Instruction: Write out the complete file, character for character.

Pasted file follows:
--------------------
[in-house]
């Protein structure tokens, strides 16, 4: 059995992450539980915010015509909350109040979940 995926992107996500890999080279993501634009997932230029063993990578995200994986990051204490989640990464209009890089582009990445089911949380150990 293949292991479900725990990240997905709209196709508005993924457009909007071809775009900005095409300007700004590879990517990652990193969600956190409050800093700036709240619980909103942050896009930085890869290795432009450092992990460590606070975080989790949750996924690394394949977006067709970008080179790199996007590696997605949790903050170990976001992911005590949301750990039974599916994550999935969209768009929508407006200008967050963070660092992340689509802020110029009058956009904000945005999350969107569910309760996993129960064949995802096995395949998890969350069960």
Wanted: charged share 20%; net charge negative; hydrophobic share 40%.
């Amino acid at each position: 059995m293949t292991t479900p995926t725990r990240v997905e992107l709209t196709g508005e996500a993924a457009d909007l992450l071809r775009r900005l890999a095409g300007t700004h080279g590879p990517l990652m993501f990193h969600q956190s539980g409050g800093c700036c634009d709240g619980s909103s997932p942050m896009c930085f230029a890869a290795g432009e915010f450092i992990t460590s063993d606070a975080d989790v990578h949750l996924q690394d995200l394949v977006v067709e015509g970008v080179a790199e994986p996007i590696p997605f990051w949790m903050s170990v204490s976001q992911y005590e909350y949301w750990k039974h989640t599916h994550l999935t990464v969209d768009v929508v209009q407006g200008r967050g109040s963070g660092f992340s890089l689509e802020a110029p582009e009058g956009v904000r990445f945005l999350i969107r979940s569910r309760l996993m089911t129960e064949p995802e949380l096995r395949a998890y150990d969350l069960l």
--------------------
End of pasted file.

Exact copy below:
[in-house]
């Protein structure tokens, strides 16, 4: 059995992450539980915010015509909350109040979940 995926992107996500890999080279993501634009997932230029063993990578995200994986990051204490989640990464209009890089582009990445089911949380150990 293949292991479900725990990240997905709209196709508005993924457009909007071809775009900005095409300007700004590879990517990652990193969600956190409050800093700036709240619980909103942050896009930085890869290795432009450092992990460590606070975080989790949750996924690394394949977006067709970008080179790199996007590696997605949790903050170990976001992911005590949301750990039974599916994550999935969209768009929508407006200008967050963070660092992340689509802020110029009058956009904000945005999350969107569910309760996993129960064949995802096995395949998890969350069960």
Wanted: charged share 20%; net charge negative; hydrophobic share 40%.
């Amino acid at each position: 059995m293949t292991t479900p995926t725990r990240v997905e992107l709209t196709g508005e996500a993924a457009d909007l992450l071809r775009r900005l890999a095409g300007t700004h080279g590879p990517l990652m993501f990193h969600q956190s539980g409050g800093c700036c634009d709240g619980s909103s997932p942050m896009c930085f230029a890869a290795g432009e915010f450092i992990t460590s063993d606070a975080d989790v990578h949750l996924q690394d995200l394949v977006v067709e015509g970008v080179a790199e994986p996007i590696p997605f990051w949790m903050s170990v204490s976001q992911y005590e909350y949301w750990k039974h989640t599916h994550l999935t990464v969209d768009v929508v209009q407006g200008r967050g109040s963070g660092f992340s890089l689509e802020a110029p582009e009058g956009v904000r990445f945005l999350i969107r979940s569910r309760l996993m089911t129960e064949p995802e949380l096995r395949a998890y150990d969350l069960l």